Within the study of eschatology is the debate about when will Jesus come again.  There are three main interpretations of the Bible here known as amillennialism, postmillennialism, and premillennialism.  These beliefs all stem from Revelation 20 where Jesus’ Second Coming and the Millennium is discussed in some detail.

What is premillennialism?  This is the belief that Jesus will physically come again (the Second Coming) before (“pre” means before in Latin) the ushering in of the Millennium spoken about in the book of Revelation (Revelation 20:1-6).  Jesus comes, the Millennium begins, giving unbelievers a chance to turn to God, Satan in bound and then he’ll lead a final revolt, then the judgment occurs.

Amillennialism (“a” means no in Greek) is the belief that the book of Revelation is figurative and the time frame is indeterminate. Revelation 20 refers to the church age during which Satan’s power over the nations is restrained so the gospel can reach more people.  This belief holds that we are already in the church age, waiting for Christ to come and judge, and therefore Christ’s reign is in heaven and not here on earth.

Postmillennialists (“post” means after in Latin) see the millennium as a future period when truth will be revealed and accepted by the majority of people.  They believe in the literal 1000 year period or Golden Age but unlike the premillennialists, they believe the church, man, and nations will all eventually turn to Christ first and only when the majority of the world is ready for Christ will he return physically to earth and judge mankind and usher in the New World Order.  They believe the 1000 years has not begun yet.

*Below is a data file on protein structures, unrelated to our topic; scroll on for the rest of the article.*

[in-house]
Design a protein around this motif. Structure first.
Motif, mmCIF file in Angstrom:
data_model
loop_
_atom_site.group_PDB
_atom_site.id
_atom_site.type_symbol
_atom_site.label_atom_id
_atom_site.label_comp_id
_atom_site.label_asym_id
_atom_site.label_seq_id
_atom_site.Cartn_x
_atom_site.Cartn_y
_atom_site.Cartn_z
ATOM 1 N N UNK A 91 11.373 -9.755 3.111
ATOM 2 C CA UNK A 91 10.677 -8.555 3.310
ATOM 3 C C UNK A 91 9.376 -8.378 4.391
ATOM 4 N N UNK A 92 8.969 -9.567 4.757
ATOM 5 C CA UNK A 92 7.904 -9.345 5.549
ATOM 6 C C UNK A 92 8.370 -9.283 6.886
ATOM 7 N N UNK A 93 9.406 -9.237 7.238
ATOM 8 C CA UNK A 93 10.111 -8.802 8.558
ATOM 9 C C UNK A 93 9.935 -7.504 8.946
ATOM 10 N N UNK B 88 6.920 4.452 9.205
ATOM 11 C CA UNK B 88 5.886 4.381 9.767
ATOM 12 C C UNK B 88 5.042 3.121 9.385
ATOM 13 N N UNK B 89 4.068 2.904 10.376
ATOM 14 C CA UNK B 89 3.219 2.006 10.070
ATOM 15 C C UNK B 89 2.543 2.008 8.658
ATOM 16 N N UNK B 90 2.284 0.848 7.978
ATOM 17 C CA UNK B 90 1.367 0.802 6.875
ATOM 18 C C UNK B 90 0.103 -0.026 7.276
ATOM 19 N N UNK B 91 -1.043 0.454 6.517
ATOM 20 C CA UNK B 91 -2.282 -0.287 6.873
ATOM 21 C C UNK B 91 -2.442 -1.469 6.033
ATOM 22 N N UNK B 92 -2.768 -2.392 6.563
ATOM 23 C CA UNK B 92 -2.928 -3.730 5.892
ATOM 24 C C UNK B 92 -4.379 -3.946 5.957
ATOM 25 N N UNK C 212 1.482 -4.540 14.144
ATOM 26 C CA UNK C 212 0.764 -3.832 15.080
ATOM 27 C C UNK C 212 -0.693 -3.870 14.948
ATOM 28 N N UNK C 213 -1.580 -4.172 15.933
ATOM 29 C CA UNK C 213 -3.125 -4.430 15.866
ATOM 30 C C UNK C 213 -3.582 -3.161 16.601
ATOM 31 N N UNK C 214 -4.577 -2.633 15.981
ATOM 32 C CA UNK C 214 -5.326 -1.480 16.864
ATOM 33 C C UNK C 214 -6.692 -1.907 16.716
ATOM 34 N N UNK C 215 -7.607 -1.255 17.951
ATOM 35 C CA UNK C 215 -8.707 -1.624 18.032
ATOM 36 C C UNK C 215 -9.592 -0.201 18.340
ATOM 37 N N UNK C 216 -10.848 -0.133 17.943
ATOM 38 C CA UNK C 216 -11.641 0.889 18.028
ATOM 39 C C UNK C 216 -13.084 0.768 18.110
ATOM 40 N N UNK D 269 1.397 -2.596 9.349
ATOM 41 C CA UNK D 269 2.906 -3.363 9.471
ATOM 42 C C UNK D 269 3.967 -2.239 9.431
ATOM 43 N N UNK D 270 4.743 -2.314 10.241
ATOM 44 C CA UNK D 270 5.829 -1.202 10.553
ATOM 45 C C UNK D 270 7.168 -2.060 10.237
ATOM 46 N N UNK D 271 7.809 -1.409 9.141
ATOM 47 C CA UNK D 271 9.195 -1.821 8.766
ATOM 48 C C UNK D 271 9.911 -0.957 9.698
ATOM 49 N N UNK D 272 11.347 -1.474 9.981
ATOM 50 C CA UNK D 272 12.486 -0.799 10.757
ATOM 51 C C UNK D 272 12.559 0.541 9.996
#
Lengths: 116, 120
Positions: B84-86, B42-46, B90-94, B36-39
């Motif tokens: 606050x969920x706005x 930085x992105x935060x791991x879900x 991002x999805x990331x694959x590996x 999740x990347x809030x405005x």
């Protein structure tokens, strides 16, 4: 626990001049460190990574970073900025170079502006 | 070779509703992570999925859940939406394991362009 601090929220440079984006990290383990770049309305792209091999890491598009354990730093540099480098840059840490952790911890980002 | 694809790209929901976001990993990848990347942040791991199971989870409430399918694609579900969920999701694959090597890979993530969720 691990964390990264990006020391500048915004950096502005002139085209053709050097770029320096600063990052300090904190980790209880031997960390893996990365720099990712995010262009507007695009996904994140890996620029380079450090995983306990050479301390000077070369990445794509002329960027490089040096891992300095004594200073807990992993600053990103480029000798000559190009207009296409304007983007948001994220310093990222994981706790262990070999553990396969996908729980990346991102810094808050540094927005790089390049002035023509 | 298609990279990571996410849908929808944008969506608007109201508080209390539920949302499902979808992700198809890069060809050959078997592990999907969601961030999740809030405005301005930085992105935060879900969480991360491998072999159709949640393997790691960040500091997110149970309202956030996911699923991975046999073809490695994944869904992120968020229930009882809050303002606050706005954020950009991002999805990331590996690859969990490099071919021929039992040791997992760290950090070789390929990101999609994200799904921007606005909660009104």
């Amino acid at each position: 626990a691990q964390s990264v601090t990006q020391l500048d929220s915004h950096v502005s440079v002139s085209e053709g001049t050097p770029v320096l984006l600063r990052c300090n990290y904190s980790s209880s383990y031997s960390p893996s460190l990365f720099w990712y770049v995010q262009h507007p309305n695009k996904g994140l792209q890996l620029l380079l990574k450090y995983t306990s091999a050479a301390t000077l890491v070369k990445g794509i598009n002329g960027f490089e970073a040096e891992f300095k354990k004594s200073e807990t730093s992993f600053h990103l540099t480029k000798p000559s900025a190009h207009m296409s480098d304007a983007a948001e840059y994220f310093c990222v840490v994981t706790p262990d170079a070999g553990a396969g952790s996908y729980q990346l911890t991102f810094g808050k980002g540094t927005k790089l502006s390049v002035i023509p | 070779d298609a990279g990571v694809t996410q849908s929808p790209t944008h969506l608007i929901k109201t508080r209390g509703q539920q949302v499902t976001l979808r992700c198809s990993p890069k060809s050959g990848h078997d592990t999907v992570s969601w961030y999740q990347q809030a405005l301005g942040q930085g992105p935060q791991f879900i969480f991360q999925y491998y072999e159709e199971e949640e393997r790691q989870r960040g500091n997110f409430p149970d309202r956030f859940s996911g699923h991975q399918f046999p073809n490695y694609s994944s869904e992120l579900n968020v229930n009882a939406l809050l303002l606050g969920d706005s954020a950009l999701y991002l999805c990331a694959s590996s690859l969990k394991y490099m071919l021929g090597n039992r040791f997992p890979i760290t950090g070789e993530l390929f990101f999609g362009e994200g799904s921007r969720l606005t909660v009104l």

Did you catch the key difference between the postmillennialists and the premillennialists? Postmillennialists believe man will convert people and reference Matthew 28:19-20 (the Great Commission).  Premillennialists believe Jesus himself will come and convert the majority of mankind to him.

In sum, amillennialists don’t believe in a physical coming of Jesus.  Postmillennialists and premillennialists believe Jesus will physically come to usher in his kingdom–the debate is in the details of when as well as the actual 1000 year period itself.

All agree that this world will end and Jesus will establish an eternal kingdom here on earth. The debate is over how and when.  Again, does it matter?  We can hold onto the hope and the truth that there will be a time when Jesus will reign.  For now, he reigns in our hearts.

This is at the end of our study but it’s good to have this idea in your head now and be thinking on it as we go along.  Perhaps there will be clues elsewhere.

To me, this is just plain interesting.  I love how God doesn’t make it clear because I believe the details don’t matter to Him.  He wants us.  Always has.  Always will.  As long as we’re secure in Him, the rest is merely fodder for the soul.

Overview of Revelation: What is Eschatology?

Eschatology is a Greek word meaning “the study of the last”.  In Revelation, eschatology refers to the study of End Times.  However, in Christian eschatology, it’s also the study of the end of life, the end of an age, the end of the world, etc.  More specific, it includes the study of the Second Coming of Jesus, the judgment of the world, the resurrection of the dead, and the creation of a new heaven and earth.  Further, the nature of the millennium, the intermediate state, the concept of immortality, and the eternal destiny of the wicked is also included.

For Christians, this is the study of what the Bible says about all of the above–chief among them being the Book of Revelation.